Fox Greenlights TV Pilot Inspired by Weezer Frontman

The sitcom DeToured from the creator of Psych will follow a fictional musician who decides to give up his rock-star lifestyle for normalcy, as Rivers Cuomo did briefly several years ago when he took time off to study at Harvard

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There will be no #AskTIME subscriber Q&A this Friday, August 29 — we’re taking a break this Labor Day. We will be back next week, Friday, Sept. 5. Enjoy your weekend, morning must-readers!

TIME Morning Must Reads

Morning Must Reads: August 28

Tug of War

President Barack Obama and lawmakers in Congress are mulling whether he needs formal authorization to expand the fight against the militant group ISIS, a politically perilous question for both sides as the midterm elections loom

Uncle Sam Wants a Gram

Calling all pot farmers: the federal government is looking to buy, soliciting proposals to “harvest, process, analyze, store and distribute” cannabis

Israel and Gaza Count War’s Cost

Israeli and Palestinian leaders set out Wednesday to explain to constituents what was achieved during the latest fighting between the two sides

Russia Blasted for Escalating Ukraine War

Ukrainian and U.S. officials accused Moscow of sending heavily armed columns across the border into southeastern Ukraine on Wednesday — a move seen as part of a “Russian-directed counteroffensive” against Ukrainian forces in the five-month-old conflict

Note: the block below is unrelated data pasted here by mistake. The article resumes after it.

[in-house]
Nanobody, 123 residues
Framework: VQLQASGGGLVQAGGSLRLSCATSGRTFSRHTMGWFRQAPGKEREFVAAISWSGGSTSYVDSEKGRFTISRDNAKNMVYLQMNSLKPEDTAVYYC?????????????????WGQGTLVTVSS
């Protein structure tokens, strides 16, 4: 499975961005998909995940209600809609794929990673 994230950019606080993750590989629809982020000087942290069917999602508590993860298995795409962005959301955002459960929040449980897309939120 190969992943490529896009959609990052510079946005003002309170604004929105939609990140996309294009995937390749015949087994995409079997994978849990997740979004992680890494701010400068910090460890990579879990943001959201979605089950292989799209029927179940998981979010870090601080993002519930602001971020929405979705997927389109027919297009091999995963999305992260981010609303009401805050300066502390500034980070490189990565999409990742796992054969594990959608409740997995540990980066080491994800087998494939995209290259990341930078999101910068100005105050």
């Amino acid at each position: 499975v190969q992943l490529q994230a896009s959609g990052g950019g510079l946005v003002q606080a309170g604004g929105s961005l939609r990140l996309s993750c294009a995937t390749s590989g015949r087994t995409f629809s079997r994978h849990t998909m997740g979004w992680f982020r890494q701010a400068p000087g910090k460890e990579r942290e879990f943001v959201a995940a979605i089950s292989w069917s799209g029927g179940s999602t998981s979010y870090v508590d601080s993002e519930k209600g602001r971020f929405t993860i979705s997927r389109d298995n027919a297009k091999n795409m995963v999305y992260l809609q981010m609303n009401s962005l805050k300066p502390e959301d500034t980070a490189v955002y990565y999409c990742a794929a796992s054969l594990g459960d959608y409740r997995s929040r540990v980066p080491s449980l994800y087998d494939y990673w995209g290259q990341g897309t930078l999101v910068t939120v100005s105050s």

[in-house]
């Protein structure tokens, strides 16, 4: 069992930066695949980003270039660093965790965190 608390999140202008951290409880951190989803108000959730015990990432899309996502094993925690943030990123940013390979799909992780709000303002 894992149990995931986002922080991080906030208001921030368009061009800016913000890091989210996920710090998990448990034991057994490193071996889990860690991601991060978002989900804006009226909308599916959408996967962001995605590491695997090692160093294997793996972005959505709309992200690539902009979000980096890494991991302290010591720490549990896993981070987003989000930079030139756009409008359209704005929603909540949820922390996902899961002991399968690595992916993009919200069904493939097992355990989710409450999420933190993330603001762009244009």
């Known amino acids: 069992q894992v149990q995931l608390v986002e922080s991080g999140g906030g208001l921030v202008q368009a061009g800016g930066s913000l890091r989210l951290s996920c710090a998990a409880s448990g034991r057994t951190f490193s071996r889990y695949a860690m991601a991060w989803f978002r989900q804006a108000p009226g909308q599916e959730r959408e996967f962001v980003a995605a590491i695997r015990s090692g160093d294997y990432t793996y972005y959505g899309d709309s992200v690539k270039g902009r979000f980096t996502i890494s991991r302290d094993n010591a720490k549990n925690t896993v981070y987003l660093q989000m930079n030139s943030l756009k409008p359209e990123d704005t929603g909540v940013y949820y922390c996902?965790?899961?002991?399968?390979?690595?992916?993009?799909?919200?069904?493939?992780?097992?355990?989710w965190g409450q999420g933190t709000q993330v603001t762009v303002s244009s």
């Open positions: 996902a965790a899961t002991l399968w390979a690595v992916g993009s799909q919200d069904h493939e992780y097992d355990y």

Apple Loses Bid to Ban Sales of Samsung Phones

A U.S. judge rejected Apple’s bid to permanently ban sales of some Samsung phones that were found to infringe Apple patents. Apple and Samsung agreed earlier this month to drop patent disputes against each other outside the U.S.

CDC Director: Ebola Is ‘Worse Than I’d Feared’

On Wednesday, the director of the Centers for Disease Control and Prevention, Dr. Tom Frieden, said the Ebola outbreak in West Africa is a “much bigger problem than anyone anticipated.” Over 1,400 people have died in Guinea, Liberia and Sierra Leone

Howard Dean’s Group Endorses Mary Burke in Wisconsin

Democracy for America, the 50-state group pulled together by former Vermont Governor Howard Dean, endorsed Mary Burke’s campaign against Republican Governor Scott Walker. Burke is a millionaire former executive at Trek Bicycles

USC Suspends Football Player for Fake Drowning Story

University of Southern California’s cornerback Josh Shaw said on Wednesday he lied when he told his coaches he sprained his ankles while attempting to save his drowning nephew. In response, the USC Trojans suspended Shaw indefinitely from the athletic program

What it Really Takes for Schools to Go Digital

President Obama hailed Mooresville, N.C., as a model for the future of public education. But the neighboring Iredell-Statesville Schools District offers a more accurate picture of the challenges most schools face in bridging the technological divide

Sopranos Creator Calls Tony Soprano Comment ‘Inaccurate’

“The final scene of The Sopranos raises a spiritual question that has no right or wrong answer,” David Chase said in a statement released by his publicist, responding to an interview published by Vox. “Whether Tony Soprano is alive or dead is not the point”

Erasing Bad Memories May Soon Be Possible

Using state-of-the-art laser and gas techniques, researchers working with mice have made stunning breakthroughs in stripping the painful and negative feelings associated with a traumatic memory to neutralize its effects on a subject

Chuck Berry Honored at Polar Music Prize Ceremony

Rock legend Chuck Berry, who was awarded the Polar Music Prize in May, has been honored at a ceremony in Stockholm. The Polar Music Prize is the so-called “Nobel of the music world,” given annually to one recipient each from the fields of modern and classical music

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There will be no #AskTIME subscriber Q&A this Friday, August 29—we’re taking a break this Labor Day. We will be back next week, Friday, Sept. 5. Enjoy your weekend, morning must-readers!